Blue Pottery Of Jaipur 5 Amazing Facts & History

We can never deny Rajasthan’s contribution to Indian culture. The pink city is the cultural hub of India. Jaipur, Rajasthan is one of the culturally rich cities of India, which is also the city of skilled artists and craftsmen. These artists have made blue pottery world famous. Many of us do not know that blue pottery, one of the forms of pottery, is another favorite Rajasthan art that is extravagant. 

Creating the Blue pottery:

Blue pottery is famous art of Persia and Afghanistan. It came to Rajasthan from those countries through Mughal Courts. This art of pottery is made with three mixing six ingredients: quartz stone powder, powdered glass, Katira Gond powder, Multani Mitti, Sanji, and water. The blue or greenish-blue color is created by the mixing of crude copper oxide with salt or sugar. These are mixed in a furnace and then filtered for use. At the same time, the dark ultramarine color is achieved from cobalt oxide.

This pottery is different from the ordinary ceramics made with clay from the river bed. There are lots of Blue Pottery manufacturers available in Rajasthan. This piece of art of Jaipur is trendy all over the country and even worldwide. The artwork is decorated with gold and silver-colored Turko-Persian style. The blue color used in the sculptures is specially created through Egyptian technology with the ingredients like Multani clay, Katira Gond, sodium bicarbonate, ordinary gum, and water. The artwork primarily has been designed for birds, animals flowers. You can buy different pieces like ashtrays, cups, jars, small bowls, tea sets, crockery, and many other utensils.

The Journey of Blue pottery

Originated in Central Asia in the 14th century, Mongol craftsmen introduced Blue Pottery. In this art, the craftsmen fused the Chinese glazing technique with the decorative art form of Persia. It is said in various texts that this technique of pottery came to the Indian subcontinent with the conquest of the Turkish rulers in the early 14th century. From the earliest times, this foreign art was primarily used to make glossy tiles for temples, mosques, tombs, and palaces in various parts of Central Asia. After that, Mughal started to use it in pottery, bowl, plate, teat set, and different areas of the holy structure. They did various things for the development of this industry all over the world.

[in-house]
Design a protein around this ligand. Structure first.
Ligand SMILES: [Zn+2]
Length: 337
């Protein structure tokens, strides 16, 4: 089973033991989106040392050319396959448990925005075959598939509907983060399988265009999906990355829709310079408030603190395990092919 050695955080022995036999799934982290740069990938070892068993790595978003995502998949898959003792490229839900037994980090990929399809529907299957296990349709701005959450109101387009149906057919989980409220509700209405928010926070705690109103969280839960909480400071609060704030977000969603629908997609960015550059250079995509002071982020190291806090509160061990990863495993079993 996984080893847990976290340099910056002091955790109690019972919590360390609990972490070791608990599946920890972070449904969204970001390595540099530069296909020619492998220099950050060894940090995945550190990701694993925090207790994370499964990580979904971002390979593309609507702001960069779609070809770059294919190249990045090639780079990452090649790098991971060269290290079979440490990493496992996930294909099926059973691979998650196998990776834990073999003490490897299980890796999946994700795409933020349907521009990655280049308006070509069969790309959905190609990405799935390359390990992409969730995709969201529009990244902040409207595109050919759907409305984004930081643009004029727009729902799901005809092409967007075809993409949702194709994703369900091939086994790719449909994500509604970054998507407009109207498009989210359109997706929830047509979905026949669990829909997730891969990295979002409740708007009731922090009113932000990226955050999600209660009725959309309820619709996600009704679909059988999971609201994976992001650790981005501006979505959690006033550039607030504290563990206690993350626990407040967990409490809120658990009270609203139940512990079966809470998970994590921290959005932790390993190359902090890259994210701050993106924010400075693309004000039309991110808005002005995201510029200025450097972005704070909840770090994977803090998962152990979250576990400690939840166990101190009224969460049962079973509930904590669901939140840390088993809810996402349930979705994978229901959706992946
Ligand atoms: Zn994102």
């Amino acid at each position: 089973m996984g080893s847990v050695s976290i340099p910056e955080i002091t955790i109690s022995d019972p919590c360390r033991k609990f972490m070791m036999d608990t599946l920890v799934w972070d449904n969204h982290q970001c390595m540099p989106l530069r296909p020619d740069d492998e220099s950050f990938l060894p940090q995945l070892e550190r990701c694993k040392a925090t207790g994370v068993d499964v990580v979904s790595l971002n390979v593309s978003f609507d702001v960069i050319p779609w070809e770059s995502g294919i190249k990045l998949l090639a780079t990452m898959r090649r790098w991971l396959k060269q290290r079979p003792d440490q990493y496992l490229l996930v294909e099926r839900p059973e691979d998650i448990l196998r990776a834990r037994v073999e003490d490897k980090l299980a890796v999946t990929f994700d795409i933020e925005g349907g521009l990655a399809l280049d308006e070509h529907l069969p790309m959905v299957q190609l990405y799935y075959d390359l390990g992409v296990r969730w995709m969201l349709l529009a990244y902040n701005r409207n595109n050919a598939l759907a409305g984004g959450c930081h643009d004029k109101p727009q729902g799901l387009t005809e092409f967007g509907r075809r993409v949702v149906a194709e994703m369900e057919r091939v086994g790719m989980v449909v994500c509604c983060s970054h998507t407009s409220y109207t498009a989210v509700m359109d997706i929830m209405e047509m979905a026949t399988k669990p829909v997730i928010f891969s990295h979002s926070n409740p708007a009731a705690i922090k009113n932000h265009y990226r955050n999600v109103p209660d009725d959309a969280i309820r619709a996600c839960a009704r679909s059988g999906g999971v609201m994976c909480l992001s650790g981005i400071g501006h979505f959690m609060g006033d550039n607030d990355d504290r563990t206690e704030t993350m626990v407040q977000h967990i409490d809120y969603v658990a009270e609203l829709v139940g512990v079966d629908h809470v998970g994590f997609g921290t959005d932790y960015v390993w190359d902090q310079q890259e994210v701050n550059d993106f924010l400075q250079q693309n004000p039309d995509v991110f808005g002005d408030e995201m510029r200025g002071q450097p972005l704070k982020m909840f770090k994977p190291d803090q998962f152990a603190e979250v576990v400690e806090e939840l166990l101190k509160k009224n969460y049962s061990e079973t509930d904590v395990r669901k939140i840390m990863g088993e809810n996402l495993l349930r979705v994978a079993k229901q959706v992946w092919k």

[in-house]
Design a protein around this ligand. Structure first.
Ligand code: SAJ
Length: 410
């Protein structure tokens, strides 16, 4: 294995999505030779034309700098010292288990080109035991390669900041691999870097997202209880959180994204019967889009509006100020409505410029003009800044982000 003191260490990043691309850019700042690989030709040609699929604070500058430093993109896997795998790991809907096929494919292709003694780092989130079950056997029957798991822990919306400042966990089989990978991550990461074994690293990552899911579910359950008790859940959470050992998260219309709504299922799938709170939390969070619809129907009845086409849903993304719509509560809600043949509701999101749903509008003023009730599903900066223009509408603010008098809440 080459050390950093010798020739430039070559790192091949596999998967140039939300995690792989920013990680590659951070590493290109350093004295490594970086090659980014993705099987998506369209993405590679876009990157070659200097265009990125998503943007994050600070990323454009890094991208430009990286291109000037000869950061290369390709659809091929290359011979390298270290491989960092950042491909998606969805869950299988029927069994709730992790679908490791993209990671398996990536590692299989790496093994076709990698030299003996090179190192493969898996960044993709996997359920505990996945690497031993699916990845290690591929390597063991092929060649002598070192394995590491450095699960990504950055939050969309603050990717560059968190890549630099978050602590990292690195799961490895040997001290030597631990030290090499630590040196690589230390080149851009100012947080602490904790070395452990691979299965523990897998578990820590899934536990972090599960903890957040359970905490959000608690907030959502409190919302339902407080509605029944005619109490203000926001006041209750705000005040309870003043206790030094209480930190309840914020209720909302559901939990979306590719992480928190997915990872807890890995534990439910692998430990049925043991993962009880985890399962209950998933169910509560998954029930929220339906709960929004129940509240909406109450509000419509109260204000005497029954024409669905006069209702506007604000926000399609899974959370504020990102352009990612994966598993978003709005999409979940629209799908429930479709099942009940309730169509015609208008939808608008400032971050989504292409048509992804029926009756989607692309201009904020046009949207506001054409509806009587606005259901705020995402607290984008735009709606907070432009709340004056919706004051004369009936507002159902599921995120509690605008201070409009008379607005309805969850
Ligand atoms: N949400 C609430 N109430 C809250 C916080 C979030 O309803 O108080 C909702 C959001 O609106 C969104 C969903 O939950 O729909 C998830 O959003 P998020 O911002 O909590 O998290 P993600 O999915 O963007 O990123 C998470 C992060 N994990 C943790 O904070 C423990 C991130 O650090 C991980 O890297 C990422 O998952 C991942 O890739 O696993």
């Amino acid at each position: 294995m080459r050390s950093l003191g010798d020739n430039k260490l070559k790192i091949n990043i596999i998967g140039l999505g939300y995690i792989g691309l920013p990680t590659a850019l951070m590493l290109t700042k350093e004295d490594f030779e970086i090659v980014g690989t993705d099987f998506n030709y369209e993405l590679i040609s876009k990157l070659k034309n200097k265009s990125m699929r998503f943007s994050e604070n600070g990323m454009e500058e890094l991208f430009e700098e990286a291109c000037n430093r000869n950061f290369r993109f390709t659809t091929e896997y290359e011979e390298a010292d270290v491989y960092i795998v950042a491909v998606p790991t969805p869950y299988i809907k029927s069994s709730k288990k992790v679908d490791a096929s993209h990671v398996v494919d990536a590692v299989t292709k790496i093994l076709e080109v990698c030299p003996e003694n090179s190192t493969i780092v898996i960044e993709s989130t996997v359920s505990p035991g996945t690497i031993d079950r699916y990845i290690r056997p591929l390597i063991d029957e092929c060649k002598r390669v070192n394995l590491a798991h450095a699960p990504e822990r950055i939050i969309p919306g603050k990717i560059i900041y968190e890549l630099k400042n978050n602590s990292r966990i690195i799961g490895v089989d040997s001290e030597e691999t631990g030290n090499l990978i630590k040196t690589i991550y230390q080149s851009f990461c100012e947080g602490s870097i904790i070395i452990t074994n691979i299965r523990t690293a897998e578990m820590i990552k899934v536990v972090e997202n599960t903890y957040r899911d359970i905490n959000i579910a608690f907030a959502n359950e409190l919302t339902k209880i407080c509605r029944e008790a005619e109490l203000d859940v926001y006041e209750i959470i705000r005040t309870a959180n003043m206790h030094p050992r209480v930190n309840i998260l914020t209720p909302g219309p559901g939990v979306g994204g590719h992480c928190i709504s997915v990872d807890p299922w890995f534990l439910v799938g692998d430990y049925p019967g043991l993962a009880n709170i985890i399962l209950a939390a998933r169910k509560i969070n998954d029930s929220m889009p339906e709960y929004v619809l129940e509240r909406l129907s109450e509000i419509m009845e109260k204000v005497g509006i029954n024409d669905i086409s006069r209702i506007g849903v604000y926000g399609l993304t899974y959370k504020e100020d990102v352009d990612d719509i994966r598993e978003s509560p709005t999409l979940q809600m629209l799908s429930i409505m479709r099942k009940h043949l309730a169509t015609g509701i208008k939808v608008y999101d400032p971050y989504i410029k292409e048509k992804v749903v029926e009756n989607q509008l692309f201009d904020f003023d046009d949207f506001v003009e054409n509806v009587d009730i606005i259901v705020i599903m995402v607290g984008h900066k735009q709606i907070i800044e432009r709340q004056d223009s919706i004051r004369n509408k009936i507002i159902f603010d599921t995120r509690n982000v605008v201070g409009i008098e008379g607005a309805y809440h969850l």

Gradually, it became an essential part of Indian architecture. From there, the blue pottery reached the city of Jaipur in the 17th century. At the moment, blue pottery has become the livelihood of local artisans in Jaipur and various parts of Rajasthan. 

  • The Products

It is great art that was used for decorative purposes in palaces, mosques, tombs, and temples. This famous Indian craft is available in a wide range of products with its elegance and beauty.

The art was used included crockery items, Hand Block Printed Dupatta, pickle containers, egg cup sets, imperial bowls, beer or coffee mugs, and plates. It can be a colorful and attractive addition to any kitchen. This art is also available in accessories, pots, colorful tiles with exciting quotes or cartoons, iron hooks for walls, doorknobs, vases, coasters, ashtrays, cardholders, candle stands, and napkins rings make the home decor exciting and beautiful. 

Though done in a vivid blue color is the specialization of the art, artists have now experimented with it in many other items like red, vibrant shades of yellow, green, light blue, etc. All ingredients used in Blue pottery are environment friendly, derived from Mother Nature. It doesn’t need any special maintenance and can be cleaned easily with normal water and soap. It is fragile, so handle it carefully.

Undoubtedly, these ancient, vibrant, and attractive items of blue pottery are now the most sought-after souvenirs of the Joypur. Not only blue pottery, but many tourists also come to this place to buy Print Bed Sheets, Sharee, shalwar, kurta, etc. It is the place where Joypuri print is trendy. 

  • Craftsmen of Blue Pottery in Jaipur

According to the artisans, there are 25 to 30 units in villages near Jaipur, and Ten to eleven units are in Kot Zafar, and the rest are in the central city of Jaipur.  Earlier, this industry was much more productive. As it is a time-consuming and tedious craft, many artisans have moved on to other occupations. 

The industry is mainly practiced by the Kharwal, Kumbhar, Bahairwa, and Nat castes, most artisans belonging to this caste. It is necessary to know that Kharawal and Khambar are now the leading producers of blue pottery. 

From that Mughal period, blue pottery provides livelihood to many artisans of Jaipur. These traditional designs are used now on ordinary jugs, jars, pots and vases, tea sets, cups and saucers, plates and glasses, pitchers, ashtrays, and Printed Cushion Covers and make the products really artistic. 

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